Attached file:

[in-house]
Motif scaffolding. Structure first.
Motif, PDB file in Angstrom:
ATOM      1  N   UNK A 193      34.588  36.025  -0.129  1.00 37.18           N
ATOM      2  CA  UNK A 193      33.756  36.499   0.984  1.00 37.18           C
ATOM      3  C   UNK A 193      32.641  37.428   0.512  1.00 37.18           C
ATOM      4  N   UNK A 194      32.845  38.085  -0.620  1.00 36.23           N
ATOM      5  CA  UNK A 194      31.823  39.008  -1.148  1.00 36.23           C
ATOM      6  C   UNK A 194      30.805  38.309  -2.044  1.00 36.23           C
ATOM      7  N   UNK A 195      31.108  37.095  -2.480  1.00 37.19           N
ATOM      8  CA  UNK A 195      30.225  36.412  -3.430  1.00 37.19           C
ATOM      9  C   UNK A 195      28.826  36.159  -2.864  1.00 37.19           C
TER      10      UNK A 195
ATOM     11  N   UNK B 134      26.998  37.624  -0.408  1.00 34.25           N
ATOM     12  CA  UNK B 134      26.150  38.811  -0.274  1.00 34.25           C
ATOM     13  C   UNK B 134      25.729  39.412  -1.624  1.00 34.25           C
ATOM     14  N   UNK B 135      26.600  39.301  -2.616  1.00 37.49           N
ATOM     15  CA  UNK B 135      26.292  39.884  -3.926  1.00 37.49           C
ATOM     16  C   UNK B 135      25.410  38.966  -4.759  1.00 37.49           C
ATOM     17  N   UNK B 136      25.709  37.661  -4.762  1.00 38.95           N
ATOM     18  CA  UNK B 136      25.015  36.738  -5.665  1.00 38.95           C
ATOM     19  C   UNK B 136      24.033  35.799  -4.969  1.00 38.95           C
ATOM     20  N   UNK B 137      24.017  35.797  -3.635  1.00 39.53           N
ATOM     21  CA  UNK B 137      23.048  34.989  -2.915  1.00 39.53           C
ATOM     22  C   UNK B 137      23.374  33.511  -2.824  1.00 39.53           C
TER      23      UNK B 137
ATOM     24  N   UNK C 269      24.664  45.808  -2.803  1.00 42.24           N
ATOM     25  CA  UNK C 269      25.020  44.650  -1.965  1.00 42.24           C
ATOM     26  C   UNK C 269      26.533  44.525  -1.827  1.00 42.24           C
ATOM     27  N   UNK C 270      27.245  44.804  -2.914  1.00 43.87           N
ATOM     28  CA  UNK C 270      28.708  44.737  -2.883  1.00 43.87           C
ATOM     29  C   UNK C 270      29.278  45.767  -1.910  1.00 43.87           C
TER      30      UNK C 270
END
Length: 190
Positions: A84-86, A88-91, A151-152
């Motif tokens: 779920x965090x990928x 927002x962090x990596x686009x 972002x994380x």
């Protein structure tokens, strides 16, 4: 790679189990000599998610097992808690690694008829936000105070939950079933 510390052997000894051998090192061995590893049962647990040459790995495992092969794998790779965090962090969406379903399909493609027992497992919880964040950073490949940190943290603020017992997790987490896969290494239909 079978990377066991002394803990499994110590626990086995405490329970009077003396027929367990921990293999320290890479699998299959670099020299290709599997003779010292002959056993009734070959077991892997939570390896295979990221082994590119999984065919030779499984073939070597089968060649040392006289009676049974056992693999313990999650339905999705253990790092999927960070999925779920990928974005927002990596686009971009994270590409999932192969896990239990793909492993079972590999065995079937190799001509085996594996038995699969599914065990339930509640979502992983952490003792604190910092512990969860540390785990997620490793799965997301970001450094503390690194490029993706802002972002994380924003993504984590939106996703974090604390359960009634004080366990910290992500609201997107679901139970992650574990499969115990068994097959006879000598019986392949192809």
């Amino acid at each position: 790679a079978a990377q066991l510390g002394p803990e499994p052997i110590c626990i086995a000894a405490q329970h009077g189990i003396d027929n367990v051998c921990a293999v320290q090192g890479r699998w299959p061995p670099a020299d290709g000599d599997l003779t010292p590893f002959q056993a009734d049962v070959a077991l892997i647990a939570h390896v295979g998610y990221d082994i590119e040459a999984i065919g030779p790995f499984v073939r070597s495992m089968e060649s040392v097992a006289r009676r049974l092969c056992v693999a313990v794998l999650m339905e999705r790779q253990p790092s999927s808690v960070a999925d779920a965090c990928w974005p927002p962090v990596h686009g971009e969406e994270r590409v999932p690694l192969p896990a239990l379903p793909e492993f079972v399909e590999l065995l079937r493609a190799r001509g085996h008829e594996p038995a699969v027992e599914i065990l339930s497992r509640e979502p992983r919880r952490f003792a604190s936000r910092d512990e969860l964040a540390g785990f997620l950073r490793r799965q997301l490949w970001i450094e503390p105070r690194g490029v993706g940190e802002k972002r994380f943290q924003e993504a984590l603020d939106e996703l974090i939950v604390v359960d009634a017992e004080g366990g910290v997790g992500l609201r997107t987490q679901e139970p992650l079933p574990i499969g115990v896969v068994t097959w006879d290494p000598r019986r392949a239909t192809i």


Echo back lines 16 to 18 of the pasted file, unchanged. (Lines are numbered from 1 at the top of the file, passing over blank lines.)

ATOM     13  C   UNK B 134      25.729  39.412  -1.624  1.00 34.25           C
ATOM     14  N   UNK B 135      26.600  39.301  -2.616  1.00 37.49           N
ATOM     15  CA  UNK B 135      26.292  39.884  -3.926  1.00 37.49           C